Archive for Sunday, April 29, 2012

Can We Talk creator paves a path to success

After a career in education, Willie Amison is devoted to helping a diverse group of young people.

After a career in education, Willie Amison is devoted to helping a diverse group of young people.

April 29, 2012


After years of teaching and administration in the Lawrence public school system, Willie Amison began to see a problem with black students, in particular males, in regard to academic achievement.

Amison met with other members of Lawrence’s black community and set out to create a program, Can We Talk, to help young people.

“Can We Talk is a mentoring program started by four gentlemen: myself, Craig Butler, Isaac ‘Bud’ Stallworth and Capt. Ed Brunt,” Amison said. “It was started in 2007. The whole intent was to work with African-American males. We were trying to address the educational disparity between those kids that are of color and the majority kids. There’s a huge achievement gap, and we knew it wasn’t because of lack of intelligence.”

Amison, now retired from his assistant principal post at Lawrence High School and employed by Kansas University, also thought there were some experiences the young men weren’t getting in their lives, so he tried to address this by bringing in guest speakers — affluent members of the Lawrence community — to explain how hard work and success go hand in hand.

Amison says the group quickly moved beyond catering only to black students.

“As time goes on, the girls wanted to come on board, and then white kids came on board, and Native American and Hispanic kids, Latinos, they came on board as well,” he says. “So, it kind of became a very diverse group of kids. We take them on field trips, we have speakers coming in and telling their stories. We didn’t want them to be lectured to; we just wanted kids to see and hear the various individuals in the community’s stories on how they got to where they are today.”

Low cost, high impact

Can We Talk quickly branched out from Lawrence High School to Free State High and to Liberty Memorial Central Middle School. Amison says the success of programs like this shows what can be done with hard work and at low cost to help students.

“My major focus was to show that it could happen, that (closing the gap in educational disparity) can be done. We don’t have to have all of these fancy programs going on and pay a lot more money; all we have to do is put our time and effort in certain areas to show a huge difference in how kids succeed and not succeed in school and in turn succeed in life.”

Ed West, Free State High School principal, says Amison has been invaluable for the Can We Talk program because he has so much experience with the Lawrence community.

“He’s been fantastic. He obviously, as a former administrator at the elementary level and at the high school in the district, knows kids well and he knows the history of the district well. As a fairly new person to the district, I learned at Free State what he had known for years: that so many of our students of color didn’t perform as well on test scores. So much was due to a disconnect, not understanding the purpose and the importance of the tests.”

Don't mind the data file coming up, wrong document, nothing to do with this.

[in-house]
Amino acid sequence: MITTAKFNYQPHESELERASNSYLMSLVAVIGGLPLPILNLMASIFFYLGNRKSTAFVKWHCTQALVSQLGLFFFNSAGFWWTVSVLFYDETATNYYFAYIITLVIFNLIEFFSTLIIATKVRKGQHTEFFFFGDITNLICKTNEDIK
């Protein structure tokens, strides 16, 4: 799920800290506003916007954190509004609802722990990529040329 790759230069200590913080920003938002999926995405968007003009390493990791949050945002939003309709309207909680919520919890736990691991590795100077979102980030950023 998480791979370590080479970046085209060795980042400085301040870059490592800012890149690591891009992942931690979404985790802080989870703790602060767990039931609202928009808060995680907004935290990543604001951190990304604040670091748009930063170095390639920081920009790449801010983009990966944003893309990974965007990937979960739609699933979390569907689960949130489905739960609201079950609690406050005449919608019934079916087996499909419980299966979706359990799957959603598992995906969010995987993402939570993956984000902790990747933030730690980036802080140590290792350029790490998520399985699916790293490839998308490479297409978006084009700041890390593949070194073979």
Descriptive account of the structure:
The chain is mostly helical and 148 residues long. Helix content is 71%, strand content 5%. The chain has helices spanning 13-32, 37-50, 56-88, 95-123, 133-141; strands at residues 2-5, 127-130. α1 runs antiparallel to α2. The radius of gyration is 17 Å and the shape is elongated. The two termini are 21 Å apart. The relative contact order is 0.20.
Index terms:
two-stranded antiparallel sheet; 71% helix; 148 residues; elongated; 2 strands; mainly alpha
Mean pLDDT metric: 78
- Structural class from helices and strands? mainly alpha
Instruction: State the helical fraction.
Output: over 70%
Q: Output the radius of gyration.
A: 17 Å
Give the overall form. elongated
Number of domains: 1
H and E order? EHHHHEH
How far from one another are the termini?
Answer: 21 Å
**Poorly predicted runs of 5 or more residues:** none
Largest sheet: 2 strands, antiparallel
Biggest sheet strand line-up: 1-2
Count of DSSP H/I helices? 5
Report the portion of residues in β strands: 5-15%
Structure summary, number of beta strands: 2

West says that as the group has grown over the years at Free State, much like at Lawrence High it has shifted away from being about only improving in the classroom. He says Can We Talk’s goals are multifaceted now.

“It goes beyond just education,” he says. “They’re out taking field trips and going on college visits and doing all kinds of things. It really started with Amison and a few other folks to recognize the needs of our students of color and stepping forward to try and make a difference. Rather than sitting there and pointing fingers they got active and were part of the solution.”

Personal experience

Fellow founder of Can We Talk Craig Butler says part of the reason the four founders saw this need in the community was from their own experiences growing up.

“One of the things we thought about was helping these kids navigate the system, and we all have had experiences with that. Especially being older black men, we’ve seen what the system can do. We want our kids to be aware of it. All four of us have had conversations individually and collectively over the years about what we could do.”

Butler says while he wishes success for all Lawrence students, he sees a pressing need in particular for black students to receive assistance.

“We need to give our kids as much support as we can. We need to give all kids support as we can, but especially our black males. They are the ones who are most endangered in our society. And not just in Lawrence, nationwide. Look at the statistics.”

As to Amison’s role with the project, the man Butler says is a “great guy” has a legacy that goes beyond this project. Butler says Amison has impacted Lawrence’s youth for the better over his time here as an educator and mentor.

“He has a very nurturing personality, a very caring personality and he’s willing to share his knowledge to help kids be all they can be,” Butler says. “That’s Willie. The community of Lawrence has been blessed to have a person of his character and caliber to walk around this town. That’s the truth.”


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